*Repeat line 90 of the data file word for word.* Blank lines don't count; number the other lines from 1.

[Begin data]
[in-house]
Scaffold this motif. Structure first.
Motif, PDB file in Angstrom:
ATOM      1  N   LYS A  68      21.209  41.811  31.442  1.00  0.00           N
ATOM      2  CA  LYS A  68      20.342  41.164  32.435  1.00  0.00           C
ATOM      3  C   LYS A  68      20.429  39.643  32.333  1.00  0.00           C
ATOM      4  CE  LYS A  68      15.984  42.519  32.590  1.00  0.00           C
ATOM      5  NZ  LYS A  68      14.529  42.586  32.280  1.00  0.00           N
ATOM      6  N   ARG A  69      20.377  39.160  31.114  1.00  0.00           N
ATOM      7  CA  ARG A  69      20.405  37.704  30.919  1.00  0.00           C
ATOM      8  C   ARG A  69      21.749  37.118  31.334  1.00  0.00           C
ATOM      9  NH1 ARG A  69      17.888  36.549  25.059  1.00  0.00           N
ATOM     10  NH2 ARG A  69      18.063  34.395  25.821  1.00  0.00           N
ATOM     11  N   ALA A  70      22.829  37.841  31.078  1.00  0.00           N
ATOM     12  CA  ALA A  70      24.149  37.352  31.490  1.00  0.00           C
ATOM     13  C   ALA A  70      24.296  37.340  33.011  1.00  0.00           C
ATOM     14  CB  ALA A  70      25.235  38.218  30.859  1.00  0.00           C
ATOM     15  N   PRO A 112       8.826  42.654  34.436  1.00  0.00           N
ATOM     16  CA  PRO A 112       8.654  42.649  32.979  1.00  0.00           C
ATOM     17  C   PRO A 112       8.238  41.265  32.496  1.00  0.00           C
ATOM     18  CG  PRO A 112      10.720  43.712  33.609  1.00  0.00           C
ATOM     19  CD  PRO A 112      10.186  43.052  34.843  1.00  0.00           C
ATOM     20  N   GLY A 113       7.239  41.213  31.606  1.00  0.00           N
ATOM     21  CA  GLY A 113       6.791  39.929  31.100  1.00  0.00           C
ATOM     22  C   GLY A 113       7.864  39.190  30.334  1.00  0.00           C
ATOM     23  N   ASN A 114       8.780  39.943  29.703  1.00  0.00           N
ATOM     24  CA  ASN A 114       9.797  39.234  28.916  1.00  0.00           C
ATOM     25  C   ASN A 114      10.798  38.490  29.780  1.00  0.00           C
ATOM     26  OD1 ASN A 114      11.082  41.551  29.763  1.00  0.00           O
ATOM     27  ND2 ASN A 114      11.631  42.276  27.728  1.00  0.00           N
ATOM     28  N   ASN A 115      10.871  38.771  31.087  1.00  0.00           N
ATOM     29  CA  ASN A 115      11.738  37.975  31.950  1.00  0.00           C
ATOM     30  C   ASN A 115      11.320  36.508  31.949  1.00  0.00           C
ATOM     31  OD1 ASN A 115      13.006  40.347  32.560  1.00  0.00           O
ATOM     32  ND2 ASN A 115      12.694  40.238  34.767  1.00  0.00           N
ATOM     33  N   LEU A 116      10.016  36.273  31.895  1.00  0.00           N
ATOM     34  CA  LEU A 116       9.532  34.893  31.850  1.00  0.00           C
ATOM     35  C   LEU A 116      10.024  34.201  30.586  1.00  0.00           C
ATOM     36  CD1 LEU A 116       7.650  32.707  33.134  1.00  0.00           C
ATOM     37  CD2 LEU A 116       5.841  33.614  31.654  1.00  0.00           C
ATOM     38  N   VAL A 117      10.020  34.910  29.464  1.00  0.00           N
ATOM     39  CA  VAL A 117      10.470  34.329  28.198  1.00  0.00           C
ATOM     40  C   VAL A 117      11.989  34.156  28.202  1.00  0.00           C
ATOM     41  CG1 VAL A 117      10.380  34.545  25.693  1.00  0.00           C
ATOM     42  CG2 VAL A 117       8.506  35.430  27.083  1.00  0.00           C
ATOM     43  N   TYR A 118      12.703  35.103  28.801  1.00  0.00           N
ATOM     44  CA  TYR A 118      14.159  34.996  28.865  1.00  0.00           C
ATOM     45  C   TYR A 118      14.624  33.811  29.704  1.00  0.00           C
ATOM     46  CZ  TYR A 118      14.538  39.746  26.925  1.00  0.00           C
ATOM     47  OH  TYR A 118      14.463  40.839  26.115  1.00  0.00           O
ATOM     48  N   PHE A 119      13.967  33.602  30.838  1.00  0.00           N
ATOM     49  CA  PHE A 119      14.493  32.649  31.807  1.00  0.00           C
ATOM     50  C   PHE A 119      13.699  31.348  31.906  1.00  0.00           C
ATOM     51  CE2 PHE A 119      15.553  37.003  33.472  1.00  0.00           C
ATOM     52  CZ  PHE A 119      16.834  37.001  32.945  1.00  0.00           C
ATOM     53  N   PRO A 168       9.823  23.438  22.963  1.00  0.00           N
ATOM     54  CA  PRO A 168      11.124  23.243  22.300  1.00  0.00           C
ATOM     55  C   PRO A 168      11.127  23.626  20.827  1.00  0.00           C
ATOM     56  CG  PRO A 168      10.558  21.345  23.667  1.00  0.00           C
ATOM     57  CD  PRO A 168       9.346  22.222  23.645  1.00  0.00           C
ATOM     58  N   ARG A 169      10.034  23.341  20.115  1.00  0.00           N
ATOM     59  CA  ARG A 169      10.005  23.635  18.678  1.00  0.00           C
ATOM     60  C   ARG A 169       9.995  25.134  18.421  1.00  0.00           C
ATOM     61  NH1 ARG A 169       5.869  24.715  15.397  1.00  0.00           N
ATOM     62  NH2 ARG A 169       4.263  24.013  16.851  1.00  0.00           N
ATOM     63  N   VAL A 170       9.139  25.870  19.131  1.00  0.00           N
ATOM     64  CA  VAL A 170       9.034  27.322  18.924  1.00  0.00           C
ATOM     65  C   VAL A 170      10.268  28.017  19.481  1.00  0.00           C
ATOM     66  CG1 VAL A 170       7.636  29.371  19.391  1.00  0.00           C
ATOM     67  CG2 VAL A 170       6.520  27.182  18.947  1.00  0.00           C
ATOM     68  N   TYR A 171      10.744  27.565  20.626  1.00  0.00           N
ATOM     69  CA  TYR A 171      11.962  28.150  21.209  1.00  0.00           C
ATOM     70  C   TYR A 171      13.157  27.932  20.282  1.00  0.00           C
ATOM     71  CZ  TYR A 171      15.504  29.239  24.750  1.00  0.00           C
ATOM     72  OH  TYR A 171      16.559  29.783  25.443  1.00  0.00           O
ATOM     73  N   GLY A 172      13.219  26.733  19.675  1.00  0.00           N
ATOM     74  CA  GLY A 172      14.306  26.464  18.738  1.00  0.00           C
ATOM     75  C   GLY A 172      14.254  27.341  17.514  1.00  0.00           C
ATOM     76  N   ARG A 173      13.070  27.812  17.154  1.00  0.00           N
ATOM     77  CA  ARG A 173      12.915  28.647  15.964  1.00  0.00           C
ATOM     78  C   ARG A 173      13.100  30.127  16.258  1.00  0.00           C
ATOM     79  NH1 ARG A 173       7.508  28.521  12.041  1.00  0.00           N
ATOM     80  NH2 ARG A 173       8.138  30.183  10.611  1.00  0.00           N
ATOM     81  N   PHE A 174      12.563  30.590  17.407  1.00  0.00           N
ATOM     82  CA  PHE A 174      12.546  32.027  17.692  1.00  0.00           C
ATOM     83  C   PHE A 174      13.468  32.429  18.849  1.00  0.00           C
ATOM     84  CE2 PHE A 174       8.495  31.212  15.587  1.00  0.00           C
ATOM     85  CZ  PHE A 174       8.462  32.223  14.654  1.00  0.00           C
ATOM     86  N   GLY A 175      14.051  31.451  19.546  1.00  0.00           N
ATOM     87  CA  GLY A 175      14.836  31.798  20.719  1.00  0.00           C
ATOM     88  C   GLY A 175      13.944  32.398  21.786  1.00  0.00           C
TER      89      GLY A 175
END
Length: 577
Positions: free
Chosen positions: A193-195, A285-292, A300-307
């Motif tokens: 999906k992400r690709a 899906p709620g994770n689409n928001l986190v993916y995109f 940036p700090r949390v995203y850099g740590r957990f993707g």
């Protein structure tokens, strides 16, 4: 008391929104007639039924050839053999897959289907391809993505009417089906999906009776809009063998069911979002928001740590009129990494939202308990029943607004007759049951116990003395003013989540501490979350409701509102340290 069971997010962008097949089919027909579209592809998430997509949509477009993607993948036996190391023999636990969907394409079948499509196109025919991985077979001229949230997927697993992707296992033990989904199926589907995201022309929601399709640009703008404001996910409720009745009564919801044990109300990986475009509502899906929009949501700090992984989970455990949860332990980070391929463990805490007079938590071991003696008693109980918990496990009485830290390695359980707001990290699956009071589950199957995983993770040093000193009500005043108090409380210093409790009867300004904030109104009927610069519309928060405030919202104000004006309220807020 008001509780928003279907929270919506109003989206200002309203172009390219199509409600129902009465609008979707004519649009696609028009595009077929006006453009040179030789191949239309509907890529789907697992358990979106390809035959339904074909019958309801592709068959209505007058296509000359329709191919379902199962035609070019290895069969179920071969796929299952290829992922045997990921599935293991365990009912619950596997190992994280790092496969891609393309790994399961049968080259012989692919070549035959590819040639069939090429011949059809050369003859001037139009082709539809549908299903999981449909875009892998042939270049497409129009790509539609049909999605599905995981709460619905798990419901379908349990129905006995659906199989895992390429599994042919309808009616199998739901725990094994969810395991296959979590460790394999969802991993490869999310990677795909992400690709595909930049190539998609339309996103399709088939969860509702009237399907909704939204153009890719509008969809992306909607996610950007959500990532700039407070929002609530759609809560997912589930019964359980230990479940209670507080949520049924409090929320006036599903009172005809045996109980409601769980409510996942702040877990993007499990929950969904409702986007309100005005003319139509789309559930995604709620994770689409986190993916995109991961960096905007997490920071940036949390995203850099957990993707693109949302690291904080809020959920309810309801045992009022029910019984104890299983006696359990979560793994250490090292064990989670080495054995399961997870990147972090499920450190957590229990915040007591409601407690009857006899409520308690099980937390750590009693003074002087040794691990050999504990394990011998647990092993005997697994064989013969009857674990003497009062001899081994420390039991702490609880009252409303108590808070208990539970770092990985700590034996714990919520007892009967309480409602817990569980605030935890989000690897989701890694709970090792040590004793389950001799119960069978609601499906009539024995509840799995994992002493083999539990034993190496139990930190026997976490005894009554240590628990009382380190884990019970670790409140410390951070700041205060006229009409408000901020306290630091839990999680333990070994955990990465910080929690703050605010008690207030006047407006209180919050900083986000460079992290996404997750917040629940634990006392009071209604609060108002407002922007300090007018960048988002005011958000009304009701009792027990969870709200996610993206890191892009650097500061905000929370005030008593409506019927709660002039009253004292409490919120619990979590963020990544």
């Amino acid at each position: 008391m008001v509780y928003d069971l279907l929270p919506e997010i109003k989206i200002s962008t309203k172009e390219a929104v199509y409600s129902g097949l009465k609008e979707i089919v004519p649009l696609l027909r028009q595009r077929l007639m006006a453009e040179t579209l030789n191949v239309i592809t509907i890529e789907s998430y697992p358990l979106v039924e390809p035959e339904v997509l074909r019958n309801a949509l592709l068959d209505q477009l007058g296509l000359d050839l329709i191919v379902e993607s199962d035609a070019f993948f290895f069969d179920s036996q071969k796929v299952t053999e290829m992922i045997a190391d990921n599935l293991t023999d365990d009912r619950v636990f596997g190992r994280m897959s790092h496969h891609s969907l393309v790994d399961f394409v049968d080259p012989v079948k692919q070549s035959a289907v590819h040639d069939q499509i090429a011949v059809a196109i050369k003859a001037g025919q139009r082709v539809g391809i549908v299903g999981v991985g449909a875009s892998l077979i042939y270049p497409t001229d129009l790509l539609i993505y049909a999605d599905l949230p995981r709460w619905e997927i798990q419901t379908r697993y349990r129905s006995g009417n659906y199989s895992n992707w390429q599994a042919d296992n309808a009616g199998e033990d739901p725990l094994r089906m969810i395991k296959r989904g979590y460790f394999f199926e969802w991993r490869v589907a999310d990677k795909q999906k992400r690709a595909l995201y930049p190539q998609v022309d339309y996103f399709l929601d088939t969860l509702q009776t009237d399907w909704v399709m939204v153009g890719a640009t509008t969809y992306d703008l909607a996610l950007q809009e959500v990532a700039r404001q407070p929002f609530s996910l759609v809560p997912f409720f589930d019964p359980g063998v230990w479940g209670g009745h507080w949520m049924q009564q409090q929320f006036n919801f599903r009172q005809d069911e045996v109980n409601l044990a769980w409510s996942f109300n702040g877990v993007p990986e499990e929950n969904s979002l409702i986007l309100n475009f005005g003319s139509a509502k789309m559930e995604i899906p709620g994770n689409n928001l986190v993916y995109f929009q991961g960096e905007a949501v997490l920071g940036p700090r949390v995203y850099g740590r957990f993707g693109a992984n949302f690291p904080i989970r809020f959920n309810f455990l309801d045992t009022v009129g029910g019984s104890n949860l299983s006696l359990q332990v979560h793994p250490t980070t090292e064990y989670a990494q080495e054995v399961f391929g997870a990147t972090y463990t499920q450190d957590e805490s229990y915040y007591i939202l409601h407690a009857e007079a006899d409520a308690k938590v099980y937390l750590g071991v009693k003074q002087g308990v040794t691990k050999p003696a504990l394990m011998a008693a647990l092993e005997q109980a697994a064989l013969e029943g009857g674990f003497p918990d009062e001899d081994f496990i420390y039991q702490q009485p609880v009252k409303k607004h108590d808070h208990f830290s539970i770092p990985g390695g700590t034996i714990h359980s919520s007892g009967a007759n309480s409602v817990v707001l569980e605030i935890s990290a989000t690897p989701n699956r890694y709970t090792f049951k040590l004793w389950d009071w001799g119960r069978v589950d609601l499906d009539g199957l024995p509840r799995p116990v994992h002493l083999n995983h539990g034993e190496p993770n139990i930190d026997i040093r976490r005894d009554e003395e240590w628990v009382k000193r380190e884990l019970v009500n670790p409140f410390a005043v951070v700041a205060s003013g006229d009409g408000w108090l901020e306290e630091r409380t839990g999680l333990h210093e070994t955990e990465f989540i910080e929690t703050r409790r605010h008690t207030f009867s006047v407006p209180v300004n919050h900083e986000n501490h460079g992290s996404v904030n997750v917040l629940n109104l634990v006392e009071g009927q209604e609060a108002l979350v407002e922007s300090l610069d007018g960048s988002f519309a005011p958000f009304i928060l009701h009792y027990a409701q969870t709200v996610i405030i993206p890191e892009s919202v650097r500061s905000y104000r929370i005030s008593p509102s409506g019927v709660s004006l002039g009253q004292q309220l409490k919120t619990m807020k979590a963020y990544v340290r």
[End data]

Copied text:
ATOM     87  CA  GLY A 175      14.836  31.798  20.719  1.00  0.00           C